2) Only one active branch hint that needs to be issued 11 cycles in advance? Branch histories tracked in precious registers that you already need to unroll your loops and mitigate the 6-cycle load-use to LS? That's like what, effectively a 32-entry BHT? This mechanism isn't a replacement for branch prediction, it's just a way to use fancy high-level features like "functions" without always mispredicting.

The hint does not need to be issued 11 cycles in advance. The hint DOES have an effect after 11 cycles, which is a different thing. This is not very different to a branch cache. A branch cache needs previous records to predict anything, and a measure of a branch takes somes cycles to store the record and make this record effective.
And not, SPE mechanism is not equivalent to a 32 entry BHT. You can use as many registers/memory locations as you want to store branch records. It's software driven.
BTW, those "precious registers" you are talking about are 128; one of the biggest register bank implemented. This is a modern CPU, not an x86.

I know you don't like the Cell, but this missrepresentations are starting to get ridiculous. The SPE is not based in static branch prediction. Period.

Back to the very beginning of this loop, my point was that making a compiler that can effectively make use of hundreds of processors is hard enough --- making one that can do that while generating good code for a processor as primitive as Cell is another thing entirely. Intel has spent billions on Itanium, and still don't have compilers that can consistently get good performance out of its (sophisticated) in-order core. The overall problem is just too damn complicated.

Guess what, the problem with Itanium is trying to get good performance from not parallel-friendly languages like C.
At the beginning of this loop, I was advocating writting compilers for languages better suited to the problem at hand.
Call me when you accept most popular languages like C++/Java don't scale well for real multiprocessor systems (like the Cell, or an 8 cores x86 computer).

I'm talking about improving software. Good software is general, abstract, easy to maintain, and quick to develop. If it runs fast enough, then great, otherwise --- transistors are a dime a million (literally).

If you don't care about performance, why do you waste your time spreading incorrect informations about a system designed exclusively to provide the best performance possible with the minimum budget?

ome of the statistics are scary --- a branch every 4.5 cycles (for 'li' from SPECint 95), branch prediction accuracy of as low as 94% even with sophisticated predictors, loads that need to be serviced in one cycle up to 62% of the time

Ok; a huffman alg. has a lot of branching, or any tree iterator. So what? This split between integer/float code is silly. Blending two layers of RGB pixels is pure integer, data-sequential,branch-free code. So?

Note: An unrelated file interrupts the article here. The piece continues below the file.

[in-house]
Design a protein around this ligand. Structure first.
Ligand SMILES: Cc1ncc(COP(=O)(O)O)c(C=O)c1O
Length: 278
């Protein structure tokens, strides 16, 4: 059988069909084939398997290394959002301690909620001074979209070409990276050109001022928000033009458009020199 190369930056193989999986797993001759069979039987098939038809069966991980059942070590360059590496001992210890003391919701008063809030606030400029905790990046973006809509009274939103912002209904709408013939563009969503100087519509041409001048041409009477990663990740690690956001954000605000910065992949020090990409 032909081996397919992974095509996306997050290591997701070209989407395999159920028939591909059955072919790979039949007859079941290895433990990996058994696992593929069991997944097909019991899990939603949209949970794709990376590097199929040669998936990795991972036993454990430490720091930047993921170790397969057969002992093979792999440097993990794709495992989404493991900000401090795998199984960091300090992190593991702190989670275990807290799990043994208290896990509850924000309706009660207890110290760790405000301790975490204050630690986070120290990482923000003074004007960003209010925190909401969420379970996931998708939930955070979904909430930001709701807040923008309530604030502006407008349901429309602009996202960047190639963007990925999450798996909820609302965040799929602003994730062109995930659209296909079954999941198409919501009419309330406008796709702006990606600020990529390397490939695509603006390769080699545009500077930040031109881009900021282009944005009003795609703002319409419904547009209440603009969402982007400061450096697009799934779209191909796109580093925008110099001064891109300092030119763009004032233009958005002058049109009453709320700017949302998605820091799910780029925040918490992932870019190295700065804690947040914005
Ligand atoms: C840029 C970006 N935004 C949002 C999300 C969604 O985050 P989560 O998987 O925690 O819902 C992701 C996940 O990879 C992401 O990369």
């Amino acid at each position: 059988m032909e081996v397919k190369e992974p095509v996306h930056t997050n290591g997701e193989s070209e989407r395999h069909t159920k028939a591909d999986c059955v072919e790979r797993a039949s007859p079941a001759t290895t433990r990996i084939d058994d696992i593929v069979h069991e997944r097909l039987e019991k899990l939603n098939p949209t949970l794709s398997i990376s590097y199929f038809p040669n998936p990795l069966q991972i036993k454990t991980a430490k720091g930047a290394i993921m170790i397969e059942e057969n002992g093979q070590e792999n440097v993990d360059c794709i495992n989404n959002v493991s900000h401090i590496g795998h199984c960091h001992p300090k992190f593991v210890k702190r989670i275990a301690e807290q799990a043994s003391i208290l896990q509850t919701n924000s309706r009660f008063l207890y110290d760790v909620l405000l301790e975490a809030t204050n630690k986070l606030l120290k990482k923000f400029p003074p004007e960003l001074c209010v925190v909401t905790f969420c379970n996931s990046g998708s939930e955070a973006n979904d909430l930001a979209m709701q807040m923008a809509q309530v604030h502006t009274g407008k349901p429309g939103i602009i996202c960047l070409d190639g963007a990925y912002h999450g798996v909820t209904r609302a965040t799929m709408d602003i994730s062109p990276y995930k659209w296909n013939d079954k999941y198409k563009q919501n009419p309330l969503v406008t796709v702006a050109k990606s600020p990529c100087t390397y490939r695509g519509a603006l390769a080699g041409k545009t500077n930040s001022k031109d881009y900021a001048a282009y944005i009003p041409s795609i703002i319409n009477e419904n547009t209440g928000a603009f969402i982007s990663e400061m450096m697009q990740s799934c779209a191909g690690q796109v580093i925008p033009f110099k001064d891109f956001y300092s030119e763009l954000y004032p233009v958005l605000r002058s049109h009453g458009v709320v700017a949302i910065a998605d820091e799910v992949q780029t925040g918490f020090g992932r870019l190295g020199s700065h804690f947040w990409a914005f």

The code which breaks data locality is code which does heavy use of indexing, or pointers. Call it "integer code" if you want, but is confusing. Also there is code which branchs a lt based in floating point comparisons.
The SPE is as bad with this code as any modern cpu. It can make speculative execution, or branch hinting, and hope for the best. That's it. About data locality, instead of prefecthing it has an advanced queue for DMA request.

AMD has made some excellent presentations about the relative cost of x86 in its "x86 everywhere" compaign: http://developer.amd.com/assets/WinHEC2005_x86_Everywhere.pdf

That's AMD propaganda. Show me an x86 running efficiently at 500 mhz , 300 miliwatts, like any ARM micro.
Some day transistor integration will make it possible, but that's not the question. The question is that the industry can spend his money more wisely using reasonable designs, and we all win.

The compiler is too primitive to deal with it transparently. The programmer has to take care to write simple code (stuff that can be easily digested by loop unrollers and whatnot), avoid abstract constructs, and then profile to make sure the generated code really is good. On most modern x86 processors, you can get pretty decent performance with very straightforward code.

If you want I will paste here a simple, naive code that will put your x86 on it's knees, stalling continously for chunks bigger than 200 cycles each. Just ignore data locality and see what happens with "straightforward code".

Here's my final two cents (you can buy 200,000 transistors with that).

Unfortunately with 200.000 transistors I can not have any decent x86. But I will accept an ARM/MIPS/SH instead, thanks.

I haven't been using computers that long in the grand scheme of things. Even in that short time, I've seen processors go from in-order, single scaler cores, to massively out of order superscaler ones. At the same time, I've seen software progress --- well, I haven't seen the state of software progress one bit. Today's 'state of the art' software is stuff that was dreamed up in the 1980s. Perhaps there is hope that one day we'll have compilers that can take a "Parallel Python" program and distributed it over 1000 Cell-like cores. However, I'm not holding my breath.

OOO execution is much older than you think, take a look at history. History will tell if it's a good idea. From my POV there is no advantage in solving a problem with hardware if it can be solved in software without serious penalties.
Todays software is a disaster, yes, but that's hardly a hardware problem. I don't see x86 software being better than MIPs one because "it's easier to program" or something like that.

Reply Score: 1